Depreciation of currencies in China & Japan
Yet another major factor which supported natural rubber market during the last quarter of 2016 was the sharp depreciation of China’s yuan renminbi and Japan’s yen due to strengthening of the US dollar in anticipation of potential hike in the US policy interest rate. During the period from September 30 to December 30, 2016, the Japanese yen suffered a 13.5% loss against the US dollar. The devalued yen made rubber futures at TOCOM economically more attractive to the overseas investors. Driven by the favourable rate of yen, along with a set of other factors, TOCOM rubber futures surged 73.9% to 283.9 yen per kilogram on December 16, from 163.3 yen per kilogram on September 30.
Strikingly, the recovery in prices during the last quarter of 2016 was partly driven by factors external to the rubber sector which include developments in crude oil market and currencies besides investment position taken by speculative funds. While the rebalancing of demand and supply contributed much in taking market momentum up during the last quarter of 2016, there are concerns over demand-supply fundamental staying favourable in 2017.


Projected global supply

Global area occupied by tappable rubber trees is expected to expand by 350,000 ha in 2017 due to large-scale planting undertaken across countries seven years ago (2010) in response to the favourable prices prevailed during the year. Trees planted seven years ago are expected to be opened for tapping by May 2017 when farmers resume tapping on expiry of the leaf-shedding season. During 2017, global production of natural rubber is anticipated to increase by 4.6 per cent to 12,846 million tonnes from 12.280 million tonnes in 2016.
Demand to exceed supply
Global consumption of natural rubber grew at 3.5 per cent average annual rate during the period from 2014 to 2016. As suggested by the IMF in October, global economy may grow at 3.4 per cent during 2017 as against the preliminarily estimated 3.1 per cent rate in 2016. The IMF is likely to slightly upscale its outlook in view of further improvement of conditions, especially in the US and Europe. Demand for rubber is expected to gain from the anticipated further improvement in global economy. Although demand from China may slowdown, faster growth in demand from the US, Europe and countries in Southeast Asia is expected to offset it. In view of new investments in auto-tyre manufacturing, demand for natural rubber is anticipated to grow relatively faster in Thailand, Indonesia, Malaysia, Vietnam and Sri Lanka. Moreover, crude oil is expected to rule above US$ 50 per barrel during 2017 suggesting increase in synthetic rubber prices during the year. This also can contribute to the demand for natural rubber through substitution.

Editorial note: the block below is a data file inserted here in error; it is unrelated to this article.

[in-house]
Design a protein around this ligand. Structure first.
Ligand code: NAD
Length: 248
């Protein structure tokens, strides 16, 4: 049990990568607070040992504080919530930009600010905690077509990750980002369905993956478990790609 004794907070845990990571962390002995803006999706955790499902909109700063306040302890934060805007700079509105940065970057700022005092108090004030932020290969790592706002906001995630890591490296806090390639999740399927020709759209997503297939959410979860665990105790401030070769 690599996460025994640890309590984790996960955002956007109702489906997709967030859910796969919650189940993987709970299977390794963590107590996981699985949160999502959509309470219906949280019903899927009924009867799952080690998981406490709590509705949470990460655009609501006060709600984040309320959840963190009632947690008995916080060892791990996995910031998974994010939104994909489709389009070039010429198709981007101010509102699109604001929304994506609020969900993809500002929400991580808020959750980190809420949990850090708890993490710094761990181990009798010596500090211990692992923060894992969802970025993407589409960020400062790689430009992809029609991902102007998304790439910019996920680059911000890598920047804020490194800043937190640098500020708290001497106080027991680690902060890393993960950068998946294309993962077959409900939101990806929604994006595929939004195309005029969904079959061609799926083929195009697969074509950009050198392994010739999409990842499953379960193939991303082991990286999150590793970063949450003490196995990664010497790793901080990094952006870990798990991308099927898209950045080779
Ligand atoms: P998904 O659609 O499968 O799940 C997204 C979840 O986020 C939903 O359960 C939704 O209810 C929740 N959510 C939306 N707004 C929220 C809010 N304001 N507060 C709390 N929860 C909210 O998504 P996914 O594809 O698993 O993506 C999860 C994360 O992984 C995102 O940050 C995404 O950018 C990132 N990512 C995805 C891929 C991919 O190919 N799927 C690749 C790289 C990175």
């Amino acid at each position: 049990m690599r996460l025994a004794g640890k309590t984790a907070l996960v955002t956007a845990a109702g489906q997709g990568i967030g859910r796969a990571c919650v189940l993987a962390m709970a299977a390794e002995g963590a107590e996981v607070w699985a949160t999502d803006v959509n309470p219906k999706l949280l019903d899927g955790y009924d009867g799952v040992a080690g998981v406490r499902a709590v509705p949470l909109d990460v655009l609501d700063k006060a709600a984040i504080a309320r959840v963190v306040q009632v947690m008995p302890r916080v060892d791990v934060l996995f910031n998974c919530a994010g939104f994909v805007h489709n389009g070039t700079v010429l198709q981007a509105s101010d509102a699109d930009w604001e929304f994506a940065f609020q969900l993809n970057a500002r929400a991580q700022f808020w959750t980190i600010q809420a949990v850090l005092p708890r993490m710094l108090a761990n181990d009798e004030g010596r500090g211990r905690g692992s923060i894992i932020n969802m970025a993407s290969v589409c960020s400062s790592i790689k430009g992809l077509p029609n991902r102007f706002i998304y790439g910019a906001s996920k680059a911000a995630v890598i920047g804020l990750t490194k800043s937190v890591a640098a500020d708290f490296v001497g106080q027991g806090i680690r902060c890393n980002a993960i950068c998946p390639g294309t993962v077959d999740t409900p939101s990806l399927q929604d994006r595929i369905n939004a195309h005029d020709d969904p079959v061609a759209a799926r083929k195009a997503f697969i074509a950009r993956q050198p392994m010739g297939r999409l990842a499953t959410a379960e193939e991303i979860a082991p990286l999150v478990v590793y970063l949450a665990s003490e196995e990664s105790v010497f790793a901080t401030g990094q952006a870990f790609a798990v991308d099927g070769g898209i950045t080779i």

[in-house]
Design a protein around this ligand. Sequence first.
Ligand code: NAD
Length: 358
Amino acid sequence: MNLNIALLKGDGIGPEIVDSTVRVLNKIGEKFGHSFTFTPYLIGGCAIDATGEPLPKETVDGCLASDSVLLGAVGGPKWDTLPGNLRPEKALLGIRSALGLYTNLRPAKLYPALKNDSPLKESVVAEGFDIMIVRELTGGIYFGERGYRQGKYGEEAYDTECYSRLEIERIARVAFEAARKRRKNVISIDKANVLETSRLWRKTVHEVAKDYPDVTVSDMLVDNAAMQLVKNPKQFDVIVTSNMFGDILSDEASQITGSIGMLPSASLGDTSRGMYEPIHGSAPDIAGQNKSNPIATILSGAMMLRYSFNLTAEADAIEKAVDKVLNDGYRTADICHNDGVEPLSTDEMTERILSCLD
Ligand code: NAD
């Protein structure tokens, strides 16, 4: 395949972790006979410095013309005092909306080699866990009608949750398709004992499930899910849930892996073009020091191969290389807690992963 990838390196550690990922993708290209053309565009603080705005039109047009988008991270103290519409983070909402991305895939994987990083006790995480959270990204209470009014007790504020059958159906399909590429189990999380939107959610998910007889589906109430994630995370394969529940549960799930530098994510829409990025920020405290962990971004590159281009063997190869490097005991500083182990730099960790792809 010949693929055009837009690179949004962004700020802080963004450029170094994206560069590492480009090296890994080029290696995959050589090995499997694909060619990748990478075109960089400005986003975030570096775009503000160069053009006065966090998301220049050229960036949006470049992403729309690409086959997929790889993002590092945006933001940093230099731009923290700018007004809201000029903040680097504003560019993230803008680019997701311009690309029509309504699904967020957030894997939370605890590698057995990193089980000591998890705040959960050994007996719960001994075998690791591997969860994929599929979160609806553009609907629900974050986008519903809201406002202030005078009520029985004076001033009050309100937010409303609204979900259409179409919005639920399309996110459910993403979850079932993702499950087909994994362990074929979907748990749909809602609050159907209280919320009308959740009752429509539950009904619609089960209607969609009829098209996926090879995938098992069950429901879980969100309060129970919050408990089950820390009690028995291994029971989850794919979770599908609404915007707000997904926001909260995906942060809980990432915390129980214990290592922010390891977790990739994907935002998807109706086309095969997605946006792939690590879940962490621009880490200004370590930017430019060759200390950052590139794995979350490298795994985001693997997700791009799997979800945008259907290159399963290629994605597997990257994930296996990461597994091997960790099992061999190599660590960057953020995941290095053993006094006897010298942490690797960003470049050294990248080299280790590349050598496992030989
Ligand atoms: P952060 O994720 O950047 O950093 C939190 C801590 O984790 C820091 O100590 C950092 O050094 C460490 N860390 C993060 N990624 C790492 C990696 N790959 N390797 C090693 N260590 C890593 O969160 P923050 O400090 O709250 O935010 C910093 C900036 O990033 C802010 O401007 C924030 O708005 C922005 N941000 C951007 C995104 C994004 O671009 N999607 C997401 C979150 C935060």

Taking the various factors into account, global consumption of natural rubber is anticipated to grow at a rate ranging from 3.5 per cent to 3.9 per cent during 2017. Taking the medium level growth of 3.7 per cent, global consumption during 2017 is anticipated at 13.066 million tonnes which is 220,000 tonnes more than the supply. Precisely, global supply of natural rubber in 2017 is anticipated to be in short of demand by 220,000 tonnes. The shortfall will be more severely felt till end of April. Tightness in supply is expected to ease after April coincident with the reopening of trees for tapping on expiry of annual leaf-shedding season in major producing countries. Moreover, the vintage of trees planted seven years ago will be newly opened for tapping after April. This can expand the mature area by 350,000 hectares.

Risk factors

The projected figures of supply and demand in 2017 are subject to upside and downside risk factors. In the event of global economy registering a faster-than-expected growth, demand for natural rubber can register a corresponding faster growth. The resultant momentum in the market may enthuse farmers to unlock more supply. More attractive prices can prompt farmers in Malaysia, India and other countries to resume harvesting of mature trees which have been left untapped for the past few years. Untapped mature trees occupy 356,000 hectares in Malaysia and 145,000 hectares in India. Favourable price may also enthuse farmers to adopt proper farm management leading to improvement in average yield. On the other hand, a lower-than-expected economic growth can bring down expectations on demand and send negative sentiments to the market. This
can bring down expectations on supply.